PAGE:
Aizome (藍染) Indigo Dyeing Part Three

Welcome to the third and last post in this series on aizome (indigo dyeing).

For the first post in this series, on the process of creating the dye, check here.

For the second post in this series, on the aizome museum near my home, check here.

The entrance to Ai No Yakata.

The entrance to Ai No Yakata.

When you first enter the museum Ai No Yakata (藍の館), you have the option of buying something to dye. They have a range of products starting from handkerchiefs at 500 yen to scarves at 3000 yen. After that, you enter the museum and find the building that houses the dyeing facilities. If you’re not sure which building it is, just follow your nose. Aizome dye has a distinct, fermented odor that is very, very, strong.

When you go in, you put on an apron and gloves, choose your design, and away you go!

There are eight different designs that you can choose from.  The staff will help you to create your design.  I choose number five.

There are eight different designs that you can choose from. The staff will help you to create your design. I choose number five.

Here's my handkerchief being prepared for the dyeing.  I had to wrap it around a stick and secure it with a rubber band.

Here’s my handkerchief being prepared for the dyeing. I had to wrap it around a stick and secure it with a rubber band.

All ready to go!

All ready to go!

The first dip.  each dip took one minute.

The first dip. each dip took one minute.

My handkerchief just after the first dip.  It looks green right now, but it eventually turns blue when it gets oxidized in the air.  I had to squeeze out all the extra liquid and wait for one minute before dipping it back in.

My handkerchief just after the first dip. It looks green right now, but it will eventually turn blue when it gets oxidized in the air. I had to squeeze out all the extra liquid and wait for one minute before dipping it back in.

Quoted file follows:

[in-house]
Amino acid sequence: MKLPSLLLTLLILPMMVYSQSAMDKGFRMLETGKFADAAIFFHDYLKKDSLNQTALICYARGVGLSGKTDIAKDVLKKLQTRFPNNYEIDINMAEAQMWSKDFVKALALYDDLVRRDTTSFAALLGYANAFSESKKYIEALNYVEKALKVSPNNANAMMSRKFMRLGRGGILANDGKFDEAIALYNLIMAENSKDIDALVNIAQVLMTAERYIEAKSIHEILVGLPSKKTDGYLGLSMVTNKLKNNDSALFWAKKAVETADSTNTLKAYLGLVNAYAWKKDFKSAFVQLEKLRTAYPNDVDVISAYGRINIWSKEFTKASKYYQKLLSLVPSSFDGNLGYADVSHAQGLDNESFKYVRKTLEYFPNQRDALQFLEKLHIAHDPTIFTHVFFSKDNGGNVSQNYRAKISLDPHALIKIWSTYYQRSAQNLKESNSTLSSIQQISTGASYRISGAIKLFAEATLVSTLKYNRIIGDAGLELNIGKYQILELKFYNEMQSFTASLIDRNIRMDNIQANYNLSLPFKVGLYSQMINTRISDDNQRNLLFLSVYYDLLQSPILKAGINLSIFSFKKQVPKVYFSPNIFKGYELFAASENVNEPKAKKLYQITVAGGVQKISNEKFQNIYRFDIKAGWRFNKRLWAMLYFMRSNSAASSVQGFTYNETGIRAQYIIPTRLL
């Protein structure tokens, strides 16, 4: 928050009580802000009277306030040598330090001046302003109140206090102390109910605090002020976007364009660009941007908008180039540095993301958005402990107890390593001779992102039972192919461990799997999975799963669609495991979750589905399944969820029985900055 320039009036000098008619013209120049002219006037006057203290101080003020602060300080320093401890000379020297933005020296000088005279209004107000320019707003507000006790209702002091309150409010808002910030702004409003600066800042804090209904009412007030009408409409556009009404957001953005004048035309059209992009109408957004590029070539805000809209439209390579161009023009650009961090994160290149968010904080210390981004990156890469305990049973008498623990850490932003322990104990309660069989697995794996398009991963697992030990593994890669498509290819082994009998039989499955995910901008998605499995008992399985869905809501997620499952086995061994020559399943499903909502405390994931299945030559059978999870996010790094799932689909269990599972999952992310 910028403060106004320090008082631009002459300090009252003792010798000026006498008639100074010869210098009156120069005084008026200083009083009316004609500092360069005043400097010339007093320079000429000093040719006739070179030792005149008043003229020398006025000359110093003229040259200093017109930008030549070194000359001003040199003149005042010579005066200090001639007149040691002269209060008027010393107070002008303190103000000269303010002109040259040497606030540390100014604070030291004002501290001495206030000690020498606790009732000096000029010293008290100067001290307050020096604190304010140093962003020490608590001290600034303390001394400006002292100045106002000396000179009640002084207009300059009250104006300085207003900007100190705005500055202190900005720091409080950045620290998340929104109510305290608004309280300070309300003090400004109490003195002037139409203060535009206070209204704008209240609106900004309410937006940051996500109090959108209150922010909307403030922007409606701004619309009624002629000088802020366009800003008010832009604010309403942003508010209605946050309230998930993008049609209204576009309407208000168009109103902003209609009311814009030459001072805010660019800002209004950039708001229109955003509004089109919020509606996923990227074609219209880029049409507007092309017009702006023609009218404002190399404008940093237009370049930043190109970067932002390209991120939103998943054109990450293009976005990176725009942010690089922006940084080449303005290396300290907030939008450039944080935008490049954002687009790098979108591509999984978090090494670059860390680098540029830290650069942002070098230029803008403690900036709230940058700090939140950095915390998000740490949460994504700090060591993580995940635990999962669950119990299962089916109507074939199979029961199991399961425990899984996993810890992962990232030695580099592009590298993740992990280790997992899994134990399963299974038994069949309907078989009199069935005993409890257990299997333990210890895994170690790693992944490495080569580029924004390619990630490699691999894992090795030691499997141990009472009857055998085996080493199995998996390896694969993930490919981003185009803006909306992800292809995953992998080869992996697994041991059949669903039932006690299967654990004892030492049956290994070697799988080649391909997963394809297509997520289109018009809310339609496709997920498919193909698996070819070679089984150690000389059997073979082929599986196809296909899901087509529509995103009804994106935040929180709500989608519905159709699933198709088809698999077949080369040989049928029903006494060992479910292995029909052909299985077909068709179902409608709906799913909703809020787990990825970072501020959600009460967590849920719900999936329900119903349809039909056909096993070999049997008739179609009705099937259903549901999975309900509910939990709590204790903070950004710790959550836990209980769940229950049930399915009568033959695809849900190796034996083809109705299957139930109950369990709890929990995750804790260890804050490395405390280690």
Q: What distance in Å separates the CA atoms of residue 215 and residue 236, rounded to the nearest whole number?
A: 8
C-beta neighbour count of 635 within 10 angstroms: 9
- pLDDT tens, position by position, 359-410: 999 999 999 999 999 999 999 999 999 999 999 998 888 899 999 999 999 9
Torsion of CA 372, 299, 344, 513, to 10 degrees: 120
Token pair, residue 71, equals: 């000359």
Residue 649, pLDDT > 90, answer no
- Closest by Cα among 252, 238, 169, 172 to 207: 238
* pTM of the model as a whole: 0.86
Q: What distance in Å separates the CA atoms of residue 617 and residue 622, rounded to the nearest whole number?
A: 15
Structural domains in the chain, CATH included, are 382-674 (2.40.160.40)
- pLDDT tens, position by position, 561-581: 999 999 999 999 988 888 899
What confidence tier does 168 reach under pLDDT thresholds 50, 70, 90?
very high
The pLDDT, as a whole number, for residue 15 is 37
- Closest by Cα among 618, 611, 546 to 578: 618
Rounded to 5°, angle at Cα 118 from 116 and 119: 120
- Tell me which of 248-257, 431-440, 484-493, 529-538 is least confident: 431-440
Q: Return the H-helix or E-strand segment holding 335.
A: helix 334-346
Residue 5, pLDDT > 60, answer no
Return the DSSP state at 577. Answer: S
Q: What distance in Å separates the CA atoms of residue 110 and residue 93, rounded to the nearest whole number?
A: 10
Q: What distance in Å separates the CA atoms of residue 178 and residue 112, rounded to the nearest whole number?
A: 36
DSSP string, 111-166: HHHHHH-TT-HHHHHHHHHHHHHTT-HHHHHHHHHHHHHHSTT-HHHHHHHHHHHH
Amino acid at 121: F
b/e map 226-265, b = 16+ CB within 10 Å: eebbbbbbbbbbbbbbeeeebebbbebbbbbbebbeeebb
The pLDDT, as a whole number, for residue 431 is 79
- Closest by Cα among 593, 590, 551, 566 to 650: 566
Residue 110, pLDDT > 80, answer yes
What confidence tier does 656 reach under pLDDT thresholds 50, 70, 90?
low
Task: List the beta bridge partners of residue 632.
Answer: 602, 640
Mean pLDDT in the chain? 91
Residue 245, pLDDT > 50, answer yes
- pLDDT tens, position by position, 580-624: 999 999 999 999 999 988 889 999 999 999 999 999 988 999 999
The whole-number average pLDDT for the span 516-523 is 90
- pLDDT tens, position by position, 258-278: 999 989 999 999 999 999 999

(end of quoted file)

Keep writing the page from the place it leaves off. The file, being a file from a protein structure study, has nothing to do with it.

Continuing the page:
This is after the third and final dip in the dye.  It's a lot darker than it started and definitely looks more blue than green.

This is after the third and final dip in the dye. It’s a lot darker than it started and definitely looks more blue than green.

The next step is to rinse the handkerchief under running water to get rid of the extra dye.  When the water runs clear, you know you're finished.

The next step is to rinse the handkerchief under running water to get rid of the extra dye. When the water runs clear, you know you’re finished.

A little modern technology here in the form of a spin dryer to help get all the extra water out.

A little modern technology here in the form of a spin dryer to help get all the extra water out.

While my handkerchief was spinning, I spotted this picture of Crown Prince Naruhito and Crown Princess Masako doing their own aizome.

While my handkerchief was spinning, I spotted this picture of Crown Prince Naruhito and Crown Princess Masako doing their own aizome.

The final step is ironing.

The final step is ironing.

The final product!

The final product!

Textiles that have been dyed with aizome have a lot of characteristics attributed to them. At the moment, I have no idea which ones have been proven scientifically and which ones are just folk knowledge. According to Mark Wisniewski in his book Dyeing To Dance, the benefits of aizome include…

  • Aizome can prevent skin irritations, athlete’s foot, and infertility (I’m pretty sure that last one is an old wives tale).
  • Aizome can protect against insect infestations and the bite of a mamushi (a poisonous snake).
  • Aizome has antiseptic and disinfectant properties that make it good for preventing colds (just the seeds), treating poisoning by blow-fish, or using indigo dyed cloth as a run of the mill bandage. It’s also effective in the treatment of insect bites.
  • Aizome can act as a sedative so it is a popular dye for futon and bedding material.

I’d be really intrigued to see how much truth there is in each of these claims.

 

 

Don’t sweat the small stuff!  But if you’re interested, check out my facebook, twitter, and instagram for the small, spur of the moment ideas, articles, and activities that I find and do related to kimono!

http://www.facebook.com/readysetkimono
http://www.twitter.com/Readysetkimono

http://www.instagram.com/readysetkimono

 

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4 thoughts on “Aizome (藍染) Indigo Dyeing Part Three

  1. Pingback: Aizome (藍染) Indigo Dyeing Part One | Ready, Set, Kimono!

  2. Pingback: Aizome (藍染) Indigo Dyeing Part Two | Ready, Set, Kimono!

  3. The 2nd and 3rd claim make some sense. Other people using indigo al lot (f.e. Touaregs) have same similar kind of claims.
    Thanks for the series. Liked it. Hope you don’t mind I linked it to ImmortalGeishagroup on FB.

    Like

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